Beyond red, black, and death…

Now. Don’t get me wrong, there are things I adore about the current wave of the red/black/death/vampire stuff in the teen sections of bookshops nowadays (Hodges Figgis actually has a separate section within their teen books for this stuff) – it is fantastic to see new editions of Christopher Pike’s The Last Vampire series, as well as some of his other books (Read them. Read them all.), and to see teen books doing well, but occasionally (as a writer and reader of realistic fiction) I get gloomy. So many vampires and werewolves and zombies and fallen angels…

I also know that for a lot of readers, the ones who’ve been reading all along (instead of suddenly discovering books exist, as so often happens when there are big bestsellers out there), it’s off-putting to feel like something as huge in scope as young adult fiction is being reduced to a couple of its current trends. It feels like all there is is the red/black/death stuff.

One of the great appeals of having books categorised by age is that it evens out the playing field in other ways. It’s basically having, in that one section of the bookshop, what would happen if all those General Fiction/Literary Fiction/Irish Interest/Fantasy/Horror/Crime/Science Fiction/Classics/Anthologies barriers dissolved. You do hear, more frequently than is really necessary, “oh, it’s written for teens, but actually it’s a really good book”, but at the same time that snobbishness and mentality cuts down on what people say about ‘adult’ novels, the “it’s just light reading but…” or “it’s just a thriller/crime novel/romance/page-turner…” stuff that people throw out to justify reading something they actually enjoyed reading.

So there is more to the teen section in bookshops, in books generally, than the red/black/death. Lots more. This would be the part where I start making suggestions….

Meg Cabot turns up in the black/red/death for her The Mediator series (originally published under Jenny Carroll), but The Princess Diaries books, though occasionally irritating, are definitely worth reading. But the best ones are the standalones (and I’m immediately going to contradict myself here, because there are two All-American Girl books, both brilliant), including Teen Idol, Tommy Sullivan Is A Freak and How To Be Popular.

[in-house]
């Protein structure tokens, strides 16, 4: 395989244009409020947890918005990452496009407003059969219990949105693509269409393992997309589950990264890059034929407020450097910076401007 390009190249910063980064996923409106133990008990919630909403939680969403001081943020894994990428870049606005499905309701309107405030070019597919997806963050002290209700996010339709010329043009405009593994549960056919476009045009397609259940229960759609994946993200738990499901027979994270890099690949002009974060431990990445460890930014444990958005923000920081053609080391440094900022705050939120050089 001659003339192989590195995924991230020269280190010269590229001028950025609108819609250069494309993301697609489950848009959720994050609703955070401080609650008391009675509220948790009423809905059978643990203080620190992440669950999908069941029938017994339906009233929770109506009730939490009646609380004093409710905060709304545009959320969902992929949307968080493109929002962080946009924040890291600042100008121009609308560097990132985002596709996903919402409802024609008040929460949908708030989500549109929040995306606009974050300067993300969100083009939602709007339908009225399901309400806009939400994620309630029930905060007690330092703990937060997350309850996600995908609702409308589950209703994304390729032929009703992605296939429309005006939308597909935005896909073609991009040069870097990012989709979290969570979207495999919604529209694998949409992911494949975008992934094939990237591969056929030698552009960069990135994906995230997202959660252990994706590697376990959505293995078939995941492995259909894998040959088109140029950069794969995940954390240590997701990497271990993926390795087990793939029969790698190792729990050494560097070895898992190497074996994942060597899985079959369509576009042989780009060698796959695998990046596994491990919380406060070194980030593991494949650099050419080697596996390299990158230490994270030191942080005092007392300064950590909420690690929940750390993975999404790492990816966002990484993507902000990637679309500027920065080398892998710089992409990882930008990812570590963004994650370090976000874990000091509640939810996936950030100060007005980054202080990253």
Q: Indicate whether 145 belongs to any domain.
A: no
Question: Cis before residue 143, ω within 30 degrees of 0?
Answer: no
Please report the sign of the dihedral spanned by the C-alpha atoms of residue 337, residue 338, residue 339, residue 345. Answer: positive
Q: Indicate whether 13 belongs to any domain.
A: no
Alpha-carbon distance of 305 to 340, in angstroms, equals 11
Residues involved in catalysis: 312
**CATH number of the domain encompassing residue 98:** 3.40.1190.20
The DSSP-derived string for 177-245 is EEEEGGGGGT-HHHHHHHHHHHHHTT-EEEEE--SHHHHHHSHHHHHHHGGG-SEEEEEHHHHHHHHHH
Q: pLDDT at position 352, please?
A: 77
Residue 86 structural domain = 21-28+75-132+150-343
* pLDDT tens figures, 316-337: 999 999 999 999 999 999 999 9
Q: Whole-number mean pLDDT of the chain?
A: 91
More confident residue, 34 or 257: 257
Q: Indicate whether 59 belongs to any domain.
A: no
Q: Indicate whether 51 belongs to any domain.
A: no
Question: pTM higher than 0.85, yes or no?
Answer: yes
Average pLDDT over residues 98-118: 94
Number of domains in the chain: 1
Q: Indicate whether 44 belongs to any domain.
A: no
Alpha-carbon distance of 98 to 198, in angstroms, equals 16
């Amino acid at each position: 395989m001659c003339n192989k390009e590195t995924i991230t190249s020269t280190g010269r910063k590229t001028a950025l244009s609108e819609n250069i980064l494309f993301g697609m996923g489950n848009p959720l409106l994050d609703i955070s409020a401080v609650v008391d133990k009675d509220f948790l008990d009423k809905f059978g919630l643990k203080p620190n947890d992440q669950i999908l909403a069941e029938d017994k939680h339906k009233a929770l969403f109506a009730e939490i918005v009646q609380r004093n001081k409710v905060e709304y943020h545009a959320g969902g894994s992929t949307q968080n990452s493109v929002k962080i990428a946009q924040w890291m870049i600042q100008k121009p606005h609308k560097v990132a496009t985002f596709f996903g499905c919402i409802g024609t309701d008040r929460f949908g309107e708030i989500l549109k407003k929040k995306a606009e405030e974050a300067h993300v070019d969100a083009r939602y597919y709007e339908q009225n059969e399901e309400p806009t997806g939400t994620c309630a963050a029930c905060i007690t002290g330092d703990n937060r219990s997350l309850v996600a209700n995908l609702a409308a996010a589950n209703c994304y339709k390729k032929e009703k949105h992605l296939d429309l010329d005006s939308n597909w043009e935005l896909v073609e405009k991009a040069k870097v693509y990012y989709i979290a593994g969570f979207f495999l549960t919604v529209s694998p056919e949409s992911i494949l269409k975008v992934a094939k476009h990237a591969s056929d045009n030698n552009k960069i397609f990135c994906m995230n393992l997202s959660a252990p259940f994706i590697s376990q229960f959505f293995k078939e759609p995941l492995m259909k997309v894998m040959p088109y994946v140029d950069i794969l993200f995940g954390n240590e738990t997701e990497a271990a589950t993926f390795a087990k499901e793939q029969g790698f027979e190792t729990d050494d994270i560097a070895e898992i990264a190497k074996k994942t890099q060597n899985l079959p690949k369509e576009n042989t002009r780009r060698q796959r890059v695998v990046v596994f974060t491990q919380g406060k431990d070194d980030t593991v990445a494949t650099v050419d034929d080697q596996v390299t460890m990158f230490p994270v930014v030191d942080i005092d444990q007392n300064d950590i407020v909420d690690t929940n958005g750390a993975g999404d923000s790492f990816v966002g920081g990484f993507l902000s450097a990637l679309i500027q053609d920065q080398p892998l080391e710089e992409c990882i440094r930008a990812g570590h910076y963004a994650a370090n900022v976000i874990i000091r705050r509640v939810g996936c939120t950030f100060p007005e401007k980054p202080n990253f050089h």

Sarah Dessen writes love stories that go way beyond love stories, the kind of entanglements that happen when you’re not quite ready for them and yet need anyway, because of everything else that’s going on. Family looms large in Dessen’s books, as does summer – the long days of a different routine and pace, when you get that little bit closer to discovering who you are. Her latest is Along for the Ride.

Deb Caletti is another one writing what are ostensibly love stories and actually journeys of self-discovery. The supporting characters are always fleshed out, and there is always a sense of the narrators figuring out where they fit in the wider world, not just at school/home/in a relationship. Her latest is The Six Rules of Maybe, though you’re more likely to find Honey, Baby, Sweetheart or Wild Roses on this side of the Atlantic.

Abby McDonald writes smart, funny, feminist books. Life Swap is the best take on the ‘let’s trade lives! Fish out of water!’ plot I’ve seen.

Siobhan Vivian writes terrific, realistic, funny, compelling books about friendships and romances and creativity. Highly recommend her second novel, Same Difference; her third, Not That Kind of Girl, is out now.

E Lockhart writes funny, quirky, insightful books about teenagers. I can take or leave the Ruby Oliver books, but Dramarama and The Disreputable History of Frankie Landau-Banks are two of my favourites.

Sara Ryan, despite being very fond of and knowledgeable about fantasy and sci-fi, has written two of my very favourite contemporary YA novels – Empress of the World and The Rules for Hearts.

Adele Geras writes a number of different things, but when she writes realistic fiction, it is thoughtful and quiet and moving and stunning. Pick up silent snow, secret snow or the Egerton Hall trilogy (The Tower Room, Watching the Roses and Pictures of the Night).

Laurie Halse Anderson will blow you away. Speak is an extraordinary book about being a teenager and being afraid. Catalyst (even though I think Kate is a lot more right about things than the book gives her credit for) is another stunner about what happens when the life plan goes off-course. Prom is a fun Cinderella retelling; Twisted dissects the male teen psyche; Wintergirls is a modern day Persephone story about ghosts and eating disorders.

David Levithan has written several extraordinary books for teens, including the very brilliant Boy Meets Boy, the heartbreaking/heartwarming Marly’s Ghost, the thought-provoking Wide Awake and Love Is The Higher Law, and (with Rachel Cohn) Nick & Norah’s Infinite Playlist and Naomi & Ely’s No-Kiss List. Sharp, fast-paced, and sympathetic.